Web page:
5 Places to Cycle in New York

by - Thursday, December 06, 2012

New York City is without a doubt one of the most amazing cities on the planet! It is easy to think that it is all about shopping and towering buildings, however, it doesn't take much looking around to find that there is a diverse range of outdoor attractions to be explored and what better way than to do it on bike! Due to the large amount of parks, suburban streets and trails (yes, trails!), aim for a hybrid bike as they are great for covering distance on paved surfaces, but also great on trails and paths!

Central Park

Central Park is an 843-acres of trees, gardens, sceptres and statues famous the world over. The park is maintained by the Central Park Conservancy that was founded in 1980 with a vision to restore the Park to its former glory. The Park is divided into four quadrant's - The Great Lawn, North End, South End and The Reservoir. There are many things to see such as memorial statues, tremendous playgrounds (many), Belvedere Castle, The Ball players’ house where you can break on your ride for some great food. Ponds and lakes are aplenty, such as Bank Rock Bay which is surrounded by tree's laden with amber coloured leaves in the autumn, or Azalea Pond which was restored in 2004 and is now a popular point for the local (and visiting) bird watchers. You can check out a little bit of history at the Blockhouse, which is the oldest building remaining in the park, originally built as a fort in 1814 to defend against the British. The places to go and the things to see in Central park are endless as you navigate over 6.1 miles of bikeways. No permits are required but there are certain laws and rules to be obeyed, such as no cycling on pedestrian walkways, travelling counter clockwise around the park and all persons under 14 years of age must wear a helmet.
Photo credit: centralparknyc.org

The Grand Concourse: The Bronx

The Grand Concourse (originally the Grand Boulevard and Concourse) is a 6km long road constructed to connect Manhattan to the northern Bronx. The boulevard exists from 161st street to 138th street, and has the Colonial and Renaissance architecture. Construction of the Concourse was started in 1894, and nation's largest collection of Art Deco and Art Moderne apartment buildings, as well as C based on the Champs-Elysees in Paris, which makes for amazing cyclist viewing. Some of the big attractions that can be visited are the Yankee Stadium, which offers guided tours in the off season, and the Bronx Walk of Fame, which starts at 161st street and proudly displays the names of prominent personalities that came from the Bronx.


Brooklyn offers a number of options for cyclists, and the most notable attraction is Brooklyn Bridge! An amazing structure to see and also to travel across in the open air! Not only is this historic structure beautiful, but so are the views of Manhattan and Brooklyn. There are numerous viewing platforms to pull over for photographs and to soak up the atmosphere. Once off the bridge, head on down to Brooklyn Bridge Park, where you will find the Brooklyn Waterfront Greenway (with further greenway currently being designed), offering landscaped bikeways that give cyclists stunning views as well as access to other areas of the park. The Greenway will deliver you to East River State Park, Flushing Avenue, and the Waterfront Museum. If you get hungry along the way, the Red Hook Food Vendors will be at the ready to supply any cyclist with food and drink. If you are still hungry for more exploring on two wheels in Brooklyn, look no further than Prospect Park, where you can see 150 years of history in a 585 acre oasis. With in Prospect Park you can see the Battlefields where The Battle of Long Island took place.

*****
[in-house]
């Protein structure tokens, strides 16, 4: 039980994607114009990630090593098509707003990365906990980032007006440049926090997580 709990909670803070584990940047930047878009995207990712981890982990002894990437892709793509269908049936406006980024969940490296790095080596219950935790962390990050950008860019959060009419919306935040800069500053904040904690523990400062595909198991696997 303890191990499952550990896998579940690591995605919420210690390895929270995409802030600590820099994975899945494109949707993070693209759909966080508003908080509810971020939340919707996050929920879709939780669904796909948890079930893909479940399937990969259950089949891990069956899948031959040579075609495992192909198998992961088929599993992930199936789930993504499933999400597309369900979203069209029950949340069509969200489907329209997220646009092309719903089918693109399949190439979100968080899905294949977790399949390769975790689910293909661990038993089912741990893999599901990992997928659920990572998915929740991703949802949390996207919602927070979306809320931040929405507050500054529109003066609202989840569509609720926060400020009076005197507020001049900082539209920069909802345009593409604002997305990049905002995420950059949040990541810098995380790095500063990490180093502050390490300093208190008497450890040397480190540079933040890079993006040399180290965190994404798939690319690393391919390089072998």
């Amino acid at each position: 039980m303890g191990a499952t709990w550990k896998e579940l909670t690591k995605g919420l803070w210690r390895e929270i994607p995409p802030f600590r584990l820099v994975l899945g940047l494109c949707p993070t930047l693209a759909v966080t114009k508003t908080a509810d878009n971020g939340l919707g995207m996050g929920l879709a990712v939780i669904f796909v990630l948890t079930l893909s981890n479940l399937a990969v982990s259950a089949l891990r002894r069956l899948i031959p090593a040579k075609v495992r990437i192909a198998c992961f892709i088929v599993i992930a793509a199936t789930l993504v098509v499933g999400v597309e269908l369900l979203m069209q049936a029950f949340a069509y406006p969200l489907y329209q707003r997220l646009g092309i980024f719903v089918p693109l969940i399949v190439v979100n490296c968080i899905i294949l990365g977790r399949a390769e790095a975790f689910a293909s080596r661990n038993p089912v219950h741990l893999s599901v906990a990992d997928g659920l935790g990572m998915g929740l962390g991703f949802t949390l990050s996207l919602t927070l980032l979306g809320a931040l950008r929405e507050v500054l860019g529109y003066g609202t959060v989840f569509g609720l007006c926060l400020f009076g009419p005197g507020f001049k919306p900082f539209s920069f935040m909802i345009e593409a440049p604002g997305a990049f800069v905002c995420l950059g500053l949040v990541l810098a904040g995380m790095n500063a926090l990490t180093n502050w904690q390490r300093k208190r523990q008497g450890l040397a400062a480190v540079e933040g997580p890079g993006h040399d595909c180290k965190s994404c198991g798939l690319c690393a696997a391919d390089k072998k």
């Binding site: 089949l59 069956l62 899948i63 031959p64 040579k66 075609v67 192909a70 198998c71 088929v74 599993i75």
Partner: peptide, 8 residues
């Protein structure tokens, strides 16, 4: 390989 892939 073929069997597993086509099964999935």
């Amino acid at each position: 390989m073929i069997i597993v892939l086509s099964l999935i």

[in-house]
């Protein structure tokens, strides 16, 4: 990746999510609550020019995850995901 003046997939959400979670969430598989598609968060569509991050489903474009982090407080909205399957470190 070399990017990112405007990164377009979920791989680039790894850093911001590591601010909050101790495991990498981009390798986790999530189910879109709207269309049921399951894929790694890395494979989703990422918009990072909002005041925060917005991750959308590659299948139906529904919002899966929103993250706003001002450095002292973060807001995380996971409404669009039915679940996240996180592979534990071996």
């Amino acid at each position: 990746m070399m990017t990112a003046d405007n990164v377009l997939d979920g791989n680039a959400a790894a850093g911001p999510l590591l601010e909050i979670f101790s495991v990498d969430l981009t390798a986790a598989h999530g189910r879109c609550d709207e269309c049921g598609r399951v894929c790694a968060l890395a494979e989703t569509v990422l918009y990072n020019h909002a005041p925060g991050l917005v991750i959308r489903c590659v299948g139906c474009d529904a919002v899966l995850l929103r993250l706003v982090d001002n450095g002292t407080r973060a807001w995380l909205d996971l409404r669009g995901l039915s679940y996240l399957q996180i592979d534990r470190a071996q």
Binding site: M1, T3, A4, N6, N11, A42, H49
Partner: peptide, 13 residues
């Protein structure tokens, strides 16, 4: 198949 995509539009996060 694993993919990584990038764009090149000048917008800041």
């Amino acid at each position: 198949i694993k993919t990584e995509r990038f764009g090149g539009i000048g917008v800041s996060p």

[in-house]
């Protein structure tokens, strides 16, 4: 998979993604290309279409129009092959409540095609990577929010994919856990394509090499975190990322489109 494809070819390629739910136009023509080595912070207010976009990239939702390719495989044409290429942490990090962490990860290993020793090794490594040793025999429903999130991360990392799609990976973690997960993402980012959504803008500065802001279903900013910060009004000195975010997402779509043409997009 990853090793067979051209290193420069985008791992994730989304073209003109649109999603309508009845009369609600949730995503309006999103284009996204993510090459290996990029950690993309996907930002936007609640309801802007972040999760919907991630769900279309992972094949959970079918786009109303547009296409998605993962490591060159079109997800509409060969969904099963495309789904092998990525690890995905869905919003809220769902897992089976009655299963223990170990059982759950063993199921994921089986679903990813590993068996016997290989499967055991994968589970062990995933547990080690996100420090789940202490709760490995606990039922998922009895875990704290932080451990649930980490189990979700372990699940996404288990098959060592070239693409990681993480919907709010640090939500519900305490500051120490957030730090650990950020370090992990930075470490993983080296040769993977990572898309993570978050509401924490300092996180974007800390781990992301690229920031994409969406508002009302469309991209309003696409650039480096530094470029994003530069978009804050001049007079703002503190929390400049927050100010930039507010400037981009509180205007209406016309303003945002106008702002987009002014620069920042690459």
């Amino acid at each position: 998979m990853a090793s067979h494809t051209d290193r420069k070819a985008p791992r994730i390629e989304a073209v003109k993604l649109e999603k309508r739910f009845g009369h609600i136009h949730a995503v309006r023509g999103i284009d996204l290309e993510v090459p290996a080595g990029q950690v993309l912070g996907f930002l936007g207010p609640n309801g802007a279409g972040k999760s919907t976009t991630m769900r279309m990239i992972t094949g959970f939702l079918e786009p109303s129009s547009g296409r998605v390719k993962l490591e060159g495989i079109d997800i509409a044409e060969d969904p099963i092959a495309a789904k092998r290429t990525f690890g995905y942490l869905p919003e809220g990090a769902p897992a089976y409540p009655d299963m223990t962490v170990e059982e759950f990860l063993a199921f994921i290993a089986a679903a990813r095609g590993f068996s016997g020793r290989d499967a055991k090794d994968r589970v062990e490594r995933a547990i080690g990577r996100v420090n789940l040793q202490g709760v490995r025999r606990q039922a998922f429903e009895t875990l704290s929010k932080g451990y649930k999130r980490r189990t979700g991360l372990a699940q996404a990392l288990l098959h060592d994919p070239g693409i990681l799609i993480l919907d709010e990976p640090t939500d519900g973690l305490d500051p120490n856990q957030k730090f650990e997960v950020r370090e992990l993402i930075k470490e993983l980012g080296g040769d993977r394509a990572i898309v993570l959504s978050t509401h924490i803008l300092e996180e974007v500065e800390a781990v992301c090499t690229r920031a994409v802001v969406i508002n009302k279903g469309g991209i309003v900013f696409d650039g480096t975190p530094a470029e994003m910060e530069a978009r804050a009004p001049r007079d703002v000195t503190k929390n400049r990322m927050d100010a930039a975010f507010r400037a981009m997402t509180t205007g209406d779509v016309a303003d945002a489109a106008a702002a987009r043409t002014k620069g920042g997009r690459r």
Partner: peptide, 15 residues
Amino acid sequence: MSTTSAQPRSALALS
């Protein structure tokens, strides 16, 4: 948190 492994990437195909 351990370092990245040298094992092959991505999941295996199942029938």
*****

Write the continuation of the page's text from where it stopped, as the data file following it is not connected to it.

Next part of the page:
Greenwich Village

Greenwich Village (also known as "West Village", or "The Village") is the neighbourhood that surrounds Washington Square Park. The park is identified by the Washington Arch that marks the entrance to the park and was named in honour of George Washington. Wheel through this park and onto Hudson river, or down any of the pretty side streets that take your fancy in Greenwich Village. Roll down the cobble stoned, wisteria and ivy draped streets of Washington mews, taking a trip a trip down memory lane, where a thriving art community used to dwell. The area used to be a large industrial park, but now is home to many of the students that attend New York University

Staten Island

Jump aboard the St. George Ferry with your bicycle in tow and get ready for a magnificent ride over to Staten Island! The service runs 24 hours a day and free! You will enjoy 25 minutes of amazing views of the city, Governors Island and the Statue of Liberty. Once on Staten Island you can enjoy the St George Esplanade which offers panoramic views of New York Harbour and leads you onto the memorial named Postcards, dedicated to those lost on 9/11 from Staten Island.

So, when your plane touches down in NYC, head on over to Bike and Roll to hire yourself a Bike for the day and enjoy New York City, in a way most of us had never imagined! Despite claims of the concrete jungle, there is actually more open space and fresh air in NYC than you would have first imagined.

David Bryant is a keen traveller and bicycle enthusiast who manages to trek globally on a yearly holiday basis. He continually searches for bicycles for sale [http://99bikes.com.au/]  to keep up to date with the latest trends and technology to stay ahead of the game.

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